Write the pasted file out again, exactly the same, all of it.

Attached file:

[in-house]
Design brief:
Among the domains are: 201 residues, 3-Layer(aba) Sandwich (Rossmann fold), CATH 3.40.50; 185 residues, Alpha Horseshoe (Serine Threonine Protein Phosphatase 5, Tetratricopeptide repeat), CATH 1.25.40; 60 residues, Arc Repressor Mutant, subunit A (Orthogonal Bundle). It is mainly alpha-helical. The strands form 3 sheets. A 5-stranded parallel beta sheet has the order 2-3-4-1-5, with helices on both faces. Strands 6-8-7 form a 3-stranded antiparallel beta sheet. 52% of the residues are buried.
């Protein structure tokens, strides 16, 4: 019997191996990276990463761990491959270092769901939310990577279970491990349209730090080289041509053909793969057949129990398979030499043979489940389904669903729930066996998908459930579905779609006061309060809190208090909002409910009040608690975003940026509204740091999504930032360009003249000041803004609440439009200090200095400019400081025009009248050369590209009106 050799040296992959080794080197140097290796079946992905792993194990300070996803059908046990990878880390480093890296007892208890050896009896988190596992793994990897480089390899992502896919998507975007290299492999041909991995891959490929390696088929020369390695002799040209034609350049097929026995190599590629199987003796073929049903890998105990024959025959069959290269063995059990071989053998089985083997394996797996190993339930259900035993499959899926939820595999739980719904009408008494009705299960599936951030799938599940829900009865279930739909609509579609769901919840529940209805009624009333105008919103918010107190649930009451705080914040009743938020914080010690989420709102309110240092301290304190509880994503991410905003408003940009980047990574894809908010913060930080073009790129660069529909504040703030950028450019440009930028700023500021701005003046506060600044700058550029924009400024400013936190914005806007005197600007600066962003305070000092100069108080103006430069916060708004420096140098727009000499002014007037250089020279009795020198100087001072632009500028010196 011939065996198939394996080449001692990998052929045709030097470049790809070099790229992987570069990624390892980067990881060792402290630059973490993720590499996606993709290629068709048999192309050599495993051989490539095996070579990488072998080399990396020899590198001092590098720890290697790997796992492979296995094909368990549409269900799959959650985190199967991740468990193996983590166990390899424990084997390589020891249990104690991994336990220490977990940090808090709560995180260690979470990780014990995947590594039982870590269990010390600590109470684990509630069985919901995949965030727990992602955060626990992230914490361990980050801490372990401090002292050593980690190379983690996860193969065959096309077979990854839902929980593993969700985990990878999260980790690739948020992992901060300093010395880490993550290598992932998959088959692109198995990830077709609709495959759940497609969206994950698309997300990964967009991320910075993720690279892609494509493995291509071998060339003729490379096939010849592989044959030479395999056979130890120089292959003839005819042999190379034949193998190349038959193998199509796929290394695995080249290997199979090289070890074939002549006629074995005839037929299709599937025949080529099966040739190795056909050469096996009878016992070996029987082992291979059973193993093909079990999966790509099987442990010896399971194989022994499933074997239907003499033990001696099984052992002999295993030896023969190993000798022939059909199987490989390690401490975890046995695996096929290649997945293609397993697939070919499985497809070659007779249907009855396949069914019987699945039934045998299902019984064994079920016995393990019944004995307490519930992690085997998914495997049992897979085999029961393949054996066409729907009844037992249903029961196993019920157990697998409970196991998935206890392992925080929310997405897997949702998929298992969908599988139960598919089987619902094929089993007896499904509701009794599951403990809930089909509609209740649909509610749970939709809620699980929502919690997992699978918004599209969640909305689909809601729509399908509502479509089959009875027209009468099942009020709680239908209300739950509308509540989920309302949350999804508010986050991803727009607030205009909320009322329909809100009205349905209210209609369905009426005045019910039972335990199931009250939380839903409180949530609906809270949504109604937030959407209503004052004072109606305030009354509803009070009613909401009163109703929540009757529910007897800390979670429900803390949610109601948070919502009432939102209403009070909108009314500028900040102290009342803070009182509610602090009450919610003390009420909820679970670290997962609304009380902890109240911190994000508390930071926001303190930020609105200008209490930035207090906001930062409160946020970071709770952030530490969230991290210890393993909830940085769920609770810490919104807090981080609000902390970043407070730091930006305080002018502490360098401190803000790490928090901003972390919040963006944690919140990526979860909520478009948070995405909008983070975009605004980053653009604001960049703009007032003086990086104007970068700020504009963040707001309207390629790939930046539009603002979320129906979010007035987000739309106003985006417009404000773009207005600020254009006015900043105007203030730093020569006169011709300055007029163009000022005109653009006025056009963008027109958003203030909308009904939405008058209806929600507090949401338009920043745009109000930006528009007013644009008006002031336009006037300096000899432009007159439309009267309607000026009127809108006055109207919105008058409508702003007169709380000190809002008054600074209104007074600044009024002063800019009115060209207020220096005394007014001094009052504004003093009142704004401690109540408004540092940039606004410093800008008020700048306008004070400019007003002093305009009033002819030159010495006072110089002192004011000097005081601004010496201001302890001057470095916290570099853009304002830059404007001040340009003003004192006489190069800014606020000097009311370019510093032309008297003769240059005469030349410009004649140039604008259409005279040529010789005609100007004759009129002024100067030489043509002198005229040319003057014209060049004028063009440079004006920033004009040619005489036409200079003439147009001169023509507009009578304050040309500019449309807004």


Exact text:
[in-house]
Design brief:
Among the domains are: 201 residues, 3-Layer(aba) Sandwich (Rossmann fold), CATH 3.40.50; 185 residues, Alpha Horseshoe (Serine Threonine Protein Phosphatase 5, Tetratricopeptide repeat), CATH 1.25.40; 60 residues, Arc Repressor Mutant, subunit A (Orthogonal Bundle). It is mainly alpha-helical. The strands form 3 sheets. A 5-stranded parallel beta sheet has the order 2-3-4-1-5, with helices on both faces. Strands 6-8-7 form a 3-stranded antiparallel beta sheet. 52% of the residues are buried.
């Protein structure tokens, strides 16, 4: 019997191996990276990463761990491959270092769901939310990577279970491990349209730090080289041509053909793969057949129990398979030499043979489940389904669903729930066996998908459930579905779609006061309060809190208090909002409910009040608690975003940026509204740091999504930032360009003249000041803004609440439009200090200095400019400081025009009248050369590209009106 050799040296992959080794080197140097290796079946992905792993194990300070996803059908046990990878880390480093890296007892208890050896009896988190596992793994990897480089390899992502896919998507975007290299492999041909991995891959490929390696088929020369390695002799040209034609350049097929026995190599590629199987003796073929049903890998105990024959025959069959290269063995059990071989053998089985083997394996797996190993339930259900035993499959899926939820595999739980719904009408008494009705299960599936951030799938599940829900009865279930739909609509579609769901919840529940209805009624009333105008919103918010107190649930009451705080914040009743938020914080010690989420709102309110240092301290304190509880994503991410905003408003940009980047990574894809908010913060930080073009790129660069529909504040703030950028450019440009930028700023500021701005003046506060600044700058550029924009400024400013936190914005806007005197600007600066962003305070000092100069108080103006430069916060708004420096140098727009000499002014007037250089020279009795020198100087001072632009500028010196 011939065996198939394996080449001692990998052929045709030097470049790809070099790229992987570069990624390892980067990881060792402290630059973490993720590499996606993709290629068709048999192309050599495993051989490539095996070579990488072998080399990396020899590198001092590098720890290697790997796992492979296995094909368990549409269900799959959650985190199967991740468990193996983590166990390899424990084997390589020891249990104690991994336990220490977990940090808090709560995180260690979470990780014990995947590594039982870590269990010390600590109470684990509630069985919901995949965030727990992602955060626990992230914490361990980050801490372990401090002292050593980690190379983690996860193969065959096309077979990854839902929980593993969700985990990878999260980790690739948020992992901060300093010395880490993550290598992932998959088959692109198995990830077709609709495959759940497609969206994950698309997300990964967009991320910075993720690279892609494509493995291509071998060339003729490379096939010849592989044959030479395999056979130890120089292959003839005819042999190379034949193998190349038959193998199509796929290394695995080249290997199979090289070890074939002549006629074995005839037929299709599937025949080529099966040739190795056909050469096996009878016992070996029987082992291979059973193993093909079990999966790509099987442990010896399971194989022994499933074997239907003499033990001696099984052992002999295993030896023969190993000798022939059909199987490989390690401490975890046995695996096929290649997945293609397993697939070919499985497809070659007779249907009855396949069914019987699945039934045998299902019984064994079920016995393990019944004995307490519930992690085997998914495997049992897979085999029961393949054996066409729907009844037992249903029961196993019920157990697998409970196991998935206890392992925080929310997405897997949702998929298992969908599988139960598919089987619902094929089993007896499904509701009794599951403990809930089909509609209740649909509610749970939709809620699980929502919690997992699978918004599209969640909305689909809601729509399908509502479509089959009875027209009468099942009020709680239908209300739950509308509540989920309302949350999804508010986050991803727009607030205009909320009322329909809100009205349905209210209609369905009426005045019910039972335990199931009250939380839903409180949530609906809270949504109604937030959407209503004052004072109606305030009354509803009070009613909401009163109703929540009757529910007897800390979670429900803390949610109601948070919502009432939102209403009070909108009314500028900040102290009342803070009182509610602090009450919610003390009420909820679970670290997962609304009380902890109240911190994000508390930071926001303190930020609105200008209490930035207090906001930062409160946020970071709770952030530490969230991290210890393993909830940085769920609770810490919104807090981080609000902390970043407070730091930006305080002018502490360098401190803000790490928090901003972390919040963006944690919140990526979860909520478009948070995405909008983070975009605004980053653009604001960049703009007032003086990086104007970068700020504009963040707001309207390629790939930046539009603002979320129906979010007035987000739309106003985006417009404000773009207005600020254009006015900043105007203030730093020569006169011709300055007029163009000022005109653009006025056009963008027109958003203030909308009904939405008058209806929600507090949401338009920043745009109000930006528009007013644009008006002031336009006037300096000899432009007159439309009267309607000026009127809108006055109207919105008058409508702003007169709380000190809002008054600074209104007074600044009024002063800019009115060209207020220096005394007014001094009052504004003093009142704004401690109540408004540092940039606004410093800008008020700048306008004070400019007003002093305009009033002819030159010495006072110089002192004011000097005081601004010496201001302890001057470095916290570099853009304002830059404007001040340009003003004192006489190069800014606020000097009311370019510093032309008297003769240059005469030349410009004649140039604008259409005279040529010789005609100007004759009129002024100067030489043509002198005229040319003057014209060049004028063009440079004006920033004009040619005489036409200079003439147009001169023509507009009578304050040309500019449309807004």